US Set to Keep 100,000 Troops in Europe, Increasing Tensions
Story Code : 995682
The measures are being reviewed following a meeting of NATO’s military commanders in Brussels, according to authorities. The military chiefs will provide their recommendations to NATO defense ministers in June, and NATO officials, including President Joe Biden, will convene in Madrid at the end of that month.
Since the start of the Ukraine war, the United States has extended its presence in Europe from 60,000 to 100,000 troops, providing troops and military assets to nations along Europe’s eastern flank to boost NATO’s eastward expansion.
The US sent hundreds of troops to NATO’s Response Force, which was activated earlier this spring for the first time in NATO history.
General Mark Milley, Chairman of the Joint Chiefs of Staff, informed members of Congress in April that he supported the establishment of permanent US bases in Eastern Europe.
NATO’s military leaders met in Brussels, including Gen. Tod Wolters, who serves as both Commander of US European Command and Supreme Allied Commander, Europe, as the war in Ukraine enters its third month.
The US sent thousands of soldiers on temporary rotations in Europe, deployed more military assets to the Eastern flank to support eight new NATO battlegroups, and gave billions of dollars in military aid to Ukraine with NATO partners.
The Pentagon has just announced replacement soldiers for those temporary rotations, indicating that the growing US presence will continue for some time. According to the Pentagon, roughly 10,500 US troops will be deployed to Europe in the following weeks and months to replace forces that are currently there.
As Sweden and Finland prepare to join NATO, US officials think that extra soldiers will not be required unless Russia unexpectedly poses a danger to the two Nordic nations.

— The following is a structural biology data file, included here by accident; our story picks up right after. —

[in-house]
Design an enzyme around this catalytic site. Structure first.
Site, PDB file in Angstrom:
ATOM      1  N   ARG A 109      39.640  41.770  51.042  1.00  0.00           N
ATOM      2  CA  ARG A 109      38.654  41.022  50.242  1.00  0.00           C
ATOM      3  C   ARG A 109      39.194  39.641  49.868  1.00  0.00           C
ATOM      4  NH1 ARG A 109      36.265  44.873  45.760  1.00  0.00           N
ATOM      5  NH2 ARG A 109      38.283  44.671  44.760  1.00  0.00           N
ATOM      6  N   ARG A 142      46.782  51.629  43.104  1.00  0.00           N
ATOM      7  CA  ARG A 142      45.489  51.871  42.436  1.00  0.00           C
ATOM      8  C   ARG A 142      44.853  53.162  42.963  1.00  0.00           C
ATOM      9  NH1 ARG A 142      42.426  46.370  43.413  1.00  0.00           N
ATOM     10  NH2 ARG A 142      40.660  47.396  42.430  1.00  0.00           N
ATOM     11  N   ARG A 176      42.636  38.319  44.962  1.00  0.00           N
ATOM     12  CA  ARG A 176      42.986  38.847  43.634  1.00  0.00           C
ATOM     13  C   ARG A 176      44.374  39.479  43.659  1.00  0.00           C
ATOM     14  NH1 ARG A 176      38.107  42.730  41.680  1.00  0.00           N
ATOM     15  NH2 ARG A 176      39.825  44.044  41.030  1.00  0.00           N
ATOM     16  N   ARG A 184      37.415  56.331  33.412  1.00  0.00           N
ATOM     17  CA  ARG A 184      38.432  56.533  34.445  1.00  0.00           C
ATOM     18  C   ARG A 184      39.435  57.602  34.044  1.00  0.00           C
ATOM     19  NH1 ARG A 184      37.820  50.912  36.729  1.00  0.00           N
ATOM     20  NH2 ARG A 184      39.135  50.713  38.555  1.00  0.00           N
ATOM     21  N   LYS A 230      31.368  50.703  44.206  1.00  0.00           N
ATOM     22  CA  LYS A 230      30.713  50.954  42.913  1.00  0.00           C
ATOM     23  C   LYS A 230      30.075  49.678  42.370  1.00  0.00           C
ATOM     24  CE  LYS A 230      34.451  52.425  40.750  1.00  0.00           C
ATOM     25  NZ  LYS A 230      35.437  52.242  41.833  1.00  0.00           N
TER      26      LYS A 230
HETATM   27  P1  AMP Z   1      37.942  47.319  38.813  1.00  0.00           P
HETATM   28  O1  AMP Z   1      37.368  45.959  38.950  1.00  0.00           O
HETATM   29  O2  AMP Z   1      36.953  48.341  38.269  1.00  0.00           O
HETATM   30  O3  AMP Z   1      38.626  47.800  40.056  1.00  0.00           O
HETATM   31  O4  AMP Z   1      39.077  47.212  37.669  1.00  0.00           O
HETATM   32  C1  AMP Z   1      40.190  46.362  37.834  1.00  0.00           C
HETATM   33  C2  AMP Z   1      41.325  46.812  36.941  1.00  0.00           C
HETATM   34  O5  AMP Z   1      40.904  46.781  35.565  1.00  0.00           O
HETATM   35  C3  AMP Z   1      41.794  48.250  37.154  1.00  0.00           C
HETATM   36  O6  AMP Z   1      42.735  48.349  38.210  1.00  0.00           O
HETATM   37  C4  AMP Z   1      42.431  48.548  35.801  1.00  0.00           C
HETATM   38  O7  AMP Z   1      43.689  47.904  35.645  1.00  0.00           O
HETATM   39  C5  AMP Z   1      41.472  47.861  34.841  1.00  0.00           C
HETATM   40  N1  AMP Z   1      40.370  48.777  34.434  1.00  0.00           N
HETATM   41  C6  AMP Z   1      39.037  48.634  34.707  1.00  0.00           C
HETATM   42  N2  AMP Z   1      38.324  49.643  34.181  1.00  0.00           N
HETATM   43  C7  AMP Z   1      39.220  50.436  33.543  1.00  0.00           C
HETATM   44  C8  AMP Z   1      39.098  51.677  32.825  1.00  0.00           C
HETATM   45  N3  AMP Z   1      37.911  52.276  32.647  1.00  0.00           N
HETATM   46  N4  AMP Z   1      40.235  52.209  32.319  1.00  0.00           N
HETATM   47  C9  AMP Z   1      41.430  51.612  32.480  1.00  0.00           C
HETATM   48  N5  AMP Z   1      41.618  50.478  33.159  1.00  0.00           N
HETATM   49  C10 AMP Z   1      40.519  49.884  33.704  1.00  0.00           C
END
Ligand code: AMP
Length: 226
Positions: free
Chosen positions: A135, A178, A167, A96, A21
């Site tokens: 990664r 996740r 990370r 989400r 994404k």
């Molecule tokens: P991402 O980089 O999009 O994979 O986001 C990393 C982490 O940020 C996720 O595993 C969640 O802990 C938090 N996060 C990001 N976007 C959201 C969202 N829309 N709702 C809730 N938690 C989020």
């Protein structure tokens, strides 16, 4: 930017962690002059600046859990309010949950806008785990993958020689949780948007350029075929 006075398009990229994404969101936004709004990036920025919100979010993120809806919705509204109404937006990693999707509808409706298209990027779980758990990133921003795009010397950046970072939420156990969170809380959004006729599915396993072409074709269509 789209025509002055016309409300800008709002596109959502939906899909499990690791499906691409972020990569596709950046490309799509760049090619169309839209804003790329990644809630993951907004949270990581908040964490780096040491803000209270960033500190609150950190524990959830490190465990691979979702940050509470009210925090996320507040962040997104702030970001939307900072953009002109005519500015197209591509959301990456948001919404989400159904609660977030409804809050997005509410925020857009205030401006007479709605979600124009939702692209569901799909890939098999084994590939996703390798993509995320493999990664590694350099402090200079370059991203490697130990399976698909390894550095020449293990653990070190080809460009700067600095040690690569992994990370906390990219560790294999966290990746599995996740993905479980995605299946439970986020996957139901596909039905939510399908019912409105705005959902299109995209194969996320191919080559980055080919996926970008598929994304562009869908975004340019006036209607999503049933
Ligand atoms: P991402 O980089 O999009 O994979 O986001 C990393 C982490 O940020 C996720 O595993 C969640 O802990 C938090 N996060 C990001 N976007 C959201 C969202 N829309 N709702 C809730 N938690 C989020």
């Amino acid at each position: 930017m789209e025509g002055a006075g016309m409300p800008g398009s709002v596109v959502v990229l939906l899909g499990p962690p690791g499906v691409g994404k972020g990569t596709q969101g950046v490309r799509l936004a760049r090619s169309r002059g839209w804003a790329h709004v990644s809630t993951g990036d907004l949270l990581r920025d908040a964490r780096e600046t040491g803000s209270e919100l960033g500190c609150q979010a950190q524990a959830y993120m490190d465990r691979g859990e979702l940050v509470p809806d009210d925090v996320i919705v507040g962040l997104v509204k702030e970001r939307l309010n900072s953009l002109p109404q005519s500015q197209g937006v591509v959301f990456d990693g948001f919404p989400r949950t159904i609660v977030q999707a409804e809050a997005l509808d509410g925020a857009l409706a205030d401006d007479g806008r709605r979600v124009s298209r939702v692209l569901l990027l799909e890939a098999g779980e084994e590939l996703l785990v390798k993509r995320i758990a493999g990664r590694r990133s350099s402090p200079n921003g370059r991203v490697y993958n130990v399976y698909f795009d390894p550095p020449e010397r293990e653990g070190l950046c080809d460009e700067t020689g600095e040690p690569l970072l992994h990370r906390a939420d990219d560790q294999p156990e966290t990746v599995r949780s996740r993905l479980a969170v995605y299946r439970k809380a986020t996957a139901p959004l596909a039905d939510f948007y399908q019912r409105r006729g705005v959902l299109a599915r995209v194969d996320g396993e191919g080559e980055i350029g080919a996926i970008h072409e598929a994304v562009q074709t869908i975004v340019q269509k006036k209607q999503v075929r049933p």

The majority of NATO countries have supported Finland and Sweden’s applications to join, but Turkey has objected.
Secretary of Defense Lloyd Austin met with Swedish Defense Minister Peter Hultqvist at the Pentagon on Wednesday, one day before NATO’s military commanders gathered in Brussels.
According to a senior defense official, “The secretary made it very clear that we have a comfort level with their military going back many years, and that at a staff level we’ll be happy to have a discussion with them about security and capability needs that they might have to help assure them and to deter Russia should that be necessary.”
The official stated that there will be ongoing staff level conversations regarding Sweden’s requirements and how the US might assist in meeting them, and that the US had also engaged Finland in similar staff level discussions.
Austin warned US legislators in April that the Ukraine crisis would alter the US military footprint in Europe.
At the end of the NATO informal foreign ministers ministerial in Berlin, Germany on May 15, both Secretary of State Antony Blinken and NATO Secretary General Jens Stoltenberg hinted at a statement on a more permanent adjustment in NATO’s military posture, particularly in Eastern Europe.
Blinken stated that “NATO is going to release its new Strategic Concept laying out how the Alliance will sustain and strengthen transatlantic security in the face of President Putin’s aggression as well as other emerging threats. And we’ll look ahead to our continuing efforts to fortify our force posture on NATO’s eastern flank.”
After the informal meeting in Berlin on May 15, NATO will “make important decisions to reinforce NATO’s deterrence and defense to reflect the new security reality in Europe,” according to Stoltenberg, during the summit in Madrid next month.
It is noteworthy that Russian President Vladimir Putin had said that Russia has no issue with Finland and Sweden that are willing to join NATO, affirming that their accession to the alliance posed no threat to his country. However, he stressed, that such action would trigger an appropriate reaction from Moscow.